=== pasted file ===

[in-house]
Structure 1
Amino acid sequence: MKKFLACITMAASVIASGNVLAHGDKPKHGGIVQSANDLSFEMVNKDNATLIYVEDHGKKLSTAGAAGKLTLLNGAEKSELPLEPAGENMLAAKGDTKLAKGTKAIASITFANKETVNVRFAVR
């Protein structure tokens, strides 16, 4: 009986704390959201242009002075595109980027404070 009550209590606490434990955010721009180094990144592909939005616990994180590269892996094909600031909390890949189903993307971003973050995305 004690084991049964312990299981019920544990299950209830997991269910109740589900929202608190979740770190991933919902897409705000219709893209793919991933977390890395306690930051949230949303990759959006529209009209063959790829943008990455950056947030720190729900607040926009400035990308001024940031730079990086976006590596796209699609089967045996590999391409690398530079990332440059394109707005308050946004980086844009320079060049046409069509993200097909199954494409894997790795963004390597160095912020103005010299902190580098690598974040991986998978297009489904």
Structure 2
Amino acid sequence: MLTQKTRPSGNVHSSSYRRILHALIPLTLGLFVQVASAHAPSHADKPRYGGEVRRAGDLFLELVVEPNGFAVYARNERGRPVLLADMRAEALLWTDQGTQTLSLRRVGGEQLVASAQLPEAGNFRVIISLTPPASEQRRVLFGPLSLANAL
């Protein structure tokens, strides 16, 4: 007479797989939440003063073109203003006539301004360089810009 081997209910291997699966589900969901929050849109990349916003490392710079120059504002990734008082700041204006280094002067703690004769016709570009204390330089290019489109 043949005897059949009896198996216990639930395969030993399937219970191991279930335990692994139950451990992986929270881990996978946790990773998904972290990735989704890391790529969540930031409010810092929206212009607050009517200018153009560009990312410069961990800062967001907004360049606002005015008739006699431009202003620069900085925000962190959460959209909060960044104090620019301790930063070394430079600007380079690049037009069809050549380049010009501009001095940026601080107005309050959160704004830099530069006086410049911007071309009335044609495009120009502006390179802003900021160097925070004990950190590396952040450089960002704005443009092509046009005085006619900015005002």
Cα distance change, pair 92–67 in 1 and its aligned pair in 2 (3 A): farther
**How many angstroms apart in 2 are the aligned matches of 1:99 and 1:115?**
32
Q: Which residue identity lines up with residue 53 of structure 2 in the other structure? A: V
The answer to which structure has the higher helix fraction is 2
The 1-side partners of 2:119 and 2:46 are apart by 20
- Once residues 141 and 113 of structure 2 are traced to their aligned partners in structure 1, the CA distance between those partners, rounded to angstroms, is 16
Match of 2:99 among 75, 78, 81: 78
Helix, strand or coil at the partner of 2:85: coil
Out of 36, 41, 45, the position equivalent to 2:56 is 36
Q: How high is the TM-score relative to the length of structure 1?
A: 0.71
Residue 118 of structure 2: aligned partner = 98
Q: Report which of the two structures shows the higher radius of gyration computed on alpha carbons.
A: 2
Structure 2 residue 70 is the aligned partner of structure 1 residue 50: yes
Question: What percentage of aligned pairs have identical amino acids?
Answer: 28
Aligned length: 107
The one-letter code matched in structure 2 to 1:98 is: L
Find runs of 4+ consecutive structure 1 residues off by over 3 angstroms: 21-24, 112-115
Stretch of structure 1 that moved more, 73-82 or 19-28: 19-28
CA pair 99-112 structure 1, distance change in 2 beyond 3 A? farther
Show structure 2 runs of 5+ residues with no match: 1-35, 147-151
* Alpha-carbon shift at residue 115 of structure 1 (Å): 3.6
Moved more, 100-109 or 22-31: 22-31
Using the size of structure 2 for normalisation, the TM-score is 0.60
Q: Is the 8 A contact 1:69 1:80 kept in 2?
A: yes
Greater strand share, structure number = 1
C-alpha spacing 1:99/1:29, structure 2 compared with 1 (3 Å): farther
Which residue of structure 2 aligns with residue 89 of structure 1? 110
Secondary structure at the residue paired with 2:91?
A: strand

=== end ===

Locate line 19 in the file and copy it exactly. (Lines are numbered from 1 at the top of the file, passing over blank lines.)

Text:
A: 0.71